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LABOUR PORTFOLIO COMMITTEE
13 September 2005
TREASURY REGULATIONS FOR ANNUAL REPORTS: BRIEFINGS
Chairperson: Ms O Kasienyane (ANC)
Documents handed out
Treasury briefing: Legislative Oversight through Annual Reports
Treasury briefing: Guide for the Preparation of Annual Reports
Members heard two presentations from the National Treasury dealing with legislative oversight through Annual Reports, and the preparation of Annual Reports. Possible operational changes might include the election of a rapporteur from the Committee to link with the Standing Committee on Public Accounts, and arranging cluster hearings for the Sector Education and Training Authorities (SETAs) rather than individual ones. The opposition parties focussed mainly on issues of enforcement and how to hold the Executive and accounting officers accountable through Parliamentary action.
Treasury briefing on Legislative Oversight through Annual Reports
Mr Nols du Plessis (National Treasury Chief Director: PFMA Specialist Functions) told the Committee that the Public Finance Management Act (PFMA) placed the responsibility for ensuring that Parliament fulfilled its role of oversight over executive action and organs of state, on both the National Assembly and the Cabinet. National Assembly House Rules should define the roles of different players in the oversight of the Annual Reports, but the absence of any such rules should not pose an obstacle to the implementation of the proposed oversight process.
For the Committee, the proposed process entailed receiving the Annual Report at the end of September, followed by a two-week preparation phase and a week of joint workshops with concurrent provincial functions. Hearings would happen in the last week of October, while the writing and tabling of oversight reports should be completed by the second week of November. The period up until 31 March of the next year would then constitute a follow-up phase.
The Committee had to exercise oversight over service delivery by the entities within its ambit. It had to focus on the technical quality of Annual Reports, and whether the reports covered all performance targets set out in the strategic plans. It had to assess the quality of the performance information, and the economy, efficiency and effectiveness of service delivery. The implementation of the entity’s service delivery improvement plan and any remedial steps to correct under-performance in any area should also be assessed.
Treasury briefing on preparation of Annual Reports
An Annual Report needed to contain an acknowledgement of its formal submission to the executive authority, an introduction by its accounting officer and a mission statement. Mr Du Plessis indicated that it also needed to include the relevant information on the Ministry under which the entity fell, as well as on its legislative framework and mandate.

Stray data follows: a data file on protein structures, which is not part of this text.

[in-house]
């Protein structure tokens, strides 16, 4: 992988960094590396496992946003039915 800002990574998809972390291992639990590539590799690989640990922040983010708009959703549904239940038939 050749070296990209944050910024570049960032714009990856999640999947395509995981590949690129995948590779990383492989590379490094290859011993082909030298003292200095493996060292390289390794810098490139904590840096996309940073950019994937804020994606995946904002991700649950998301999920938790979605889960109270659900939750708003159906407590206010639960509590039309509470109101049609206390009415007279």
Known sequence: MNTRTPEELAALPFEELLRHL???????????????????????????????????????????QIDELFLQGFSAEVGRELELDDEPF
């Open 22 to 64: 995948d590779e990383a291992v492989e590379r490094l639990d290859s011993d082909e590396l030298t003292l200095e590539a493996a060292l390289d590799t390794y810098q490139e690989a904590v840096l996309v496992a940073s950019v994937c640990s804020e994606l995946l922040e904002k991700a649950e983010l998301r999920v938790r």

Programme performance information needed to encompass key measurable objectives, programmes and achievements. It needed to contain an overview of the entity’s strategy and key policy developments for the financial year. Also of importance were information on transfer payments to other institutions and public entities; narrative reports on service delivery and –provision; and, capital investment, maintenance and asset management.
The entity’s Audit Committee had to identify any legal, regulatory or internal control issues and provide an assessment of its in-year management and annual financial statements. Management had to outline the state of the entity’s financial affairs, its activities and its results. Any qualification or "emphasis of matter" needed to be followed up and discussed, while notes to the annual financial statements also had to contain information on unauthorised, irregular and fruitless and wasteful expenditure. A section on human resource management also had to be included and structured according to the requirements of Public Service Regulations.
The Chairperson noted Mr Du Plessis’ suggestion of appointing a rapporteur from the Committee to the Standing Committee on Public Accounts (SCOPA) to ensure a more informed and focussed effort in the Committee’s oversight activities. She asked for greater clarity on this suggestion and when to engage stakeholders and the public.
Mr Du Plessis responded that it would be beneficial for the Committee to choose a representative from its own ranks to attend relevant SCOPA meetings. In so doing, the Committee could provide a mutually beneficial link for information exchange between the two committees. In this regard, it was important to acknowledge that there was duplication and also to take into account that the evaluation cycles of SCOPA allowed for greater depth in their assessments.